Johnny Iuzzini takes éclairs to the next level by filling them with a scratch-made coffee cardamom pastry cream and topping them with a dark chocolate glaze.
Preheat the oven to 375 degrees F. Line two baking sheets with silicone baking mats or parchment paper.
In a large saucepan, slowly bring the milk, water, butter, sugar, and salt to a simmer over medium-low heat. Remove the pan from the heat, add the flour all at once, and stir with a wooden spoon until combined and evenly moistened.
Return the pan to medium-low heat and stir continuously for 3 to 4 minutes to dry the mixture out. The dough should pull away from the sides of the pan, and a skin should begin to form in the base of the pan. Transfer the dough to a standing mixer bowl and use the spoon to spread the dough out in a thin layer against the sides of the bowl. Let it stand for at least 15 minutes or until cool.
Attach the paddle to the bowl and turn the mixer on to low speed. Add two of the eggs and mix until completely incorporated. Stop the mixer and scrape down the bowl. Turn the mixer back on to low and add another egg; mix until incorporated. After three eggs, the dough should hold a peak when you pull the paddle out of the dough, but should immediately fold over onto itself. If it’s too firm, add the fourth egg and mix well. The dough should now be smooth, elastic, and firm enough to pipe and hold its shape without being runny. You can test this by putting a heaping tablespoon onto a plate. The dough should collapse slightly but still hold a rounded shape. If the dough is still too firm, beat another egg in a small bowl until combined and add about half of it to the dough; mix on low speed until incorporated and check the consistency. If the dough is still too firm, add the remaining egg and mix well; if it seems runny, refrigerate the dough for 15 to 20 minutes before piping.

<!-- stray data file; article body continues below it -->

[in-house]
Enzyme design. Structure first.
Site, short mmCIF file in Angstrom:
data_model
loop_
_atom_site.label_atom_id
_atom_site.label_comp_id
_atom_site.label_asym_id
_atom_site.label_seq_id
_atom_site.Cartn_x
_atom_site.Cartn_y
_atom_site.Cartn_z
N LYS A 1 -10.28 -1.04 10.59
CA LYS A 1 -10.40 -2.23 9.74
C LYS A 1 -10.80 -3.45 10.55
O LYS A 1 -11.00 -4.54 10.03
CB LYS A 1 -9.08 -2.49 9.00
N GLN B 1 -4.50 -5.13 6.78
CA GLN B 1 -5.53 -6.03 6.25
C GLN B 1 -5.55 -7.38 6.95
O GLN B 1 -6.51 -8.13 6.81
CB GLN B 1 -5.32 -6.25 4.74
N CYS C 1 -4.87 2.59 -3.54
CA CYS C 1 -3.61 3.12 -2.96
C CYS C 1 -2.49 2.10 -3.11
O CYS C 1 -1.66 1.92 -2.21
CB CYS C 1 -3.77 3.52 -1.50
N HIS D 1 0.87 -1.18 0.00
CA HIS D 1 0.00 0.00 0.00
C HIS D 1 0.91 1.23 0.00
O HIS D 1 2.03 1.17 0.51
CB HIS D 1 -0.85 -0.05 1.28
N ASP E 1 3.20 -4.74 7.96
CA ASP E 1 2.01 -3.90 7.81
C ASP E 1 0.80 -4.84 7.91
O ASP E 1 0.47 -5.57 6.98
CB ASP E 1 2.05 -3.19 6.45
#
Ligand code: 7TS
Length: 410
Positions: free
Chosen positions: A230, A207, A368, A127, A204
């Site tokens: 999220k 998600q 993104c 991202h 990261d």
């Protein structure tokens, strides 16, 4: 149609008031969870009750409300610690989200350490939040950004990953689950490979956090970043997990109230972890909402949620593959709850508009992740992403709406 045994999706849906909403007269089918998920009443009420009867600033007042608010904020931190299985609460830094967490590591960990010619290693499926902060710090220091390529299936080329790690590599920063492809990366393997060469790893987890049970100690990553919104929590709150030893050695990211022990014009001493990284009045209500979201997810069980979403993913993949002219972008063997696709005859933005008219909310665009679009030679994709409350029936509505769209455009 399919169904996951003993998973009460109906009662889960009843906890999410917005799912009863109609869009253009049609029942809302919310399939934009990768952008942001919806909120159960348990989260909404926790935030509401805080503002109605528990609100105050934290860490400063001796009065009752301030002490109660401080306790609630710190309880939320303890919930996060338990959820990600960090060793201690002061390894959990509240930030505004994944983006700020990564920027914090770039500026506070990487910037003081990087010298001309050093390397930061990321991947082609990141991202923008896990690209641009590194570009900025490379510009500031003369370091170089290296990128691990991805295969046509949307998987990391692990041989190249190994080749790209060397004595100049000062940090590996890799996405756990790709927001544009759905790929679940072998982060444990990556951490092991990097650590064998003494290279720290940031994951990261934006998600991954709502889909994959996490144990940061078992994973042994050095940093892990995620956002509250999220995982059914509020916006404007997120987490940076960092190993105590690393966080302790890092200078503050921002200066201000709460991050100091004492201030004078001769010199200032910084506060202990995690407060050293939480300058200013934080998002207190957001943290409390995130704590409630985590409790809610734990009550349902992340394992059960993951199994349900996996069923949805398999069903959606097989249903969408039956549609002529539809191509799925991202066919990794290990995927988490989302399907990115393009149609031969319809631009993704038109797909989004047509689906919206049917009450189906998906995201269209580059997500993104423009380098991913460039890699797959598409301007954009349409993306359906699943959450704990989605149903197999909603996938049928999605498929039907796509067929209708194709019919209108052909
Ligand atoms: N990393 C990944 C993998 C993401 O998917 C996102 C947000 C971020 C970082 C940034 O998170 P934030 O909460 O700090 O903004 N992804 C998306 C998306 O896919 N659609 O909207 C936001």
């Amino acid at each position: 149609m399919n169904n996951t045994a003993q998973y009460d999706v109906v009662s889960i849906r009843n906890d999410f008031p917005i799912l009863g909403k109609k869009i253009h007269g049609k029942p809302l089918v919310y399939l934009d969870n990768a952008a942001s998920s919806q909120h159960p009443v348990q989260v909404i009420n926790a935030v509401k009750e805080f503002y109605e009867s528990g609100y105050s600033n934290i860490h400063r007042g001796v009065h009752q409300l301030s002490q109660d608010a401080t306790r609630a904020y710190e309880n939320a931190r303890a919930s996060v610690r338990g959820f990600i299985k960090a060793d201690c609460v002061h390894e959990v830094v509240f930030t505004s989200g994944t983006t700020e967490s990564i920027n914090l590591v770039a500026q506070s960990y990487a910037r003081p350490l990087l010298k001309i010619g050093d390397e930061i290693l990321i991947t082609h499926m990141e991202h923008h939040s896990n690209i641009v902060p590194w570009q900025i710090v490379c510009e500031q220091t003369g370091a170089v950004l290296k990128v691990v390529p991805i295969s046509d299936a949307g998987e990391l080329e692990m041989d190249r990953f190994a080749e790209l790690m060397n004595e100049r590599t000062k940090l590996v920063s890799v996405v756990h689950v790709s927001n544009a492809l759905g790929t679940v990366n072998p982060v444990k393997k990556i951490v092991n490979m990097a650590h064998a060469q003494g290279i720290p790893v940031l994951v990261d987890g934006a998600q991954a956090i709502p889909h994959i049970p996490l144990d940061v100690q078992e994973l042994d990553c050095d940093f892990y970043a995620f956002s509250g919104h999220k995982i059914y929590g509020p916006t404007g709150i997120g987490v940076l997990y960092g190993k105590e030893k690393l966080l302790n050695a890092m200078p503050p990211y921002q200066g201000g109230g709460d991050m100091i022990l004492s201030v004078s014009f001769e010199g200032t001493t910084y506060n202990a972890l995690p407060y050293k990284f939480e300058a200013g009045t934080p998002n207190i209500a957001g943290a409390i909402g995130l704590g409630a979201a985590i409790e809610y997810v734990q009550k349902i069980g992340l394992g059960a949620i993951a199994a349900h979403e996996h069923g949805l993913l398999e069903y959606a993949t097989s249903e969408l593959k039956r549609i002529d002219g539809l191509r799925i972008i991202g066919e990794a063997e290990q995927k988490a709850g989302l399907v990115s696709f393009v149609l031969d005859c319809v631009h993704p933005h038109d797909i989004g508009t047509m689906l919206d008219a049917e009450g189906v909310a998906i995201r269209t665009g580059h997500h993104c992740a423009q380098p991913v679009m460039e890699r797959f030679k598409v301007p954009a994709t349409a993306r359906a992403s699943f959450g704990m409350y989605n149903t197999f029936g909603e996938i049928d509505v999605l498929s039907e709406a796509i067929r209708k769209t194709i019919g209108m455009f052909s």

For cream puffs, transfer the dough to a piping bag fitted with a ⅝-inch plain tip. For éclairs, use a 7⁄16-inch star tip.
To pipe cream puffs, hold the piping bag at a 45-degree angle with the tip nearly touching the pan. Squeeze the bag and pipe balls of dough 1 to 1 ½ inches in diameter (Ping-Pong-ball-sized), pulling the tip up and counterclockwise when the puff s are large enough.
To pipe éclairs, hold the piping bag at a 90-degree angle away from you and start squeezing the bag. When the dough starts to flow, pull the bag up and over the point where you started (as if creating an S) toward you and pipe 3 ½ - to 4-inch-long cylinders. When the éclairs are long enough, stop squeezing and lift the bag straight up and over the dough, which will leave a point at the closest end.
With a wet finger, press the points into the dough where you stopped piping; the surface of the puffs should be very smooth and the éclairs should have rounded ends with no point. Use a wet finger to mold any misshapen éclairs. Spray a light coating of cooking spray over the surface of the puff s or éclairs. Put the pans in the oven, immediately reduce the temperature to 325 degrees F, and bake for 30 minutes. Rotate the pans and continue baking for 25 to 30 minutes, until deep golden brown and the puffs or éclairs feel hollow. Cool the cream puffs or éclairs completely on the pans before filling or freezing them.
In a medium saucepan, bring the milk, coffee beans, and cardamom pods to a simmer over medium heat. Immediately turn off the heat, cover, and let stand for at least 30 minutes.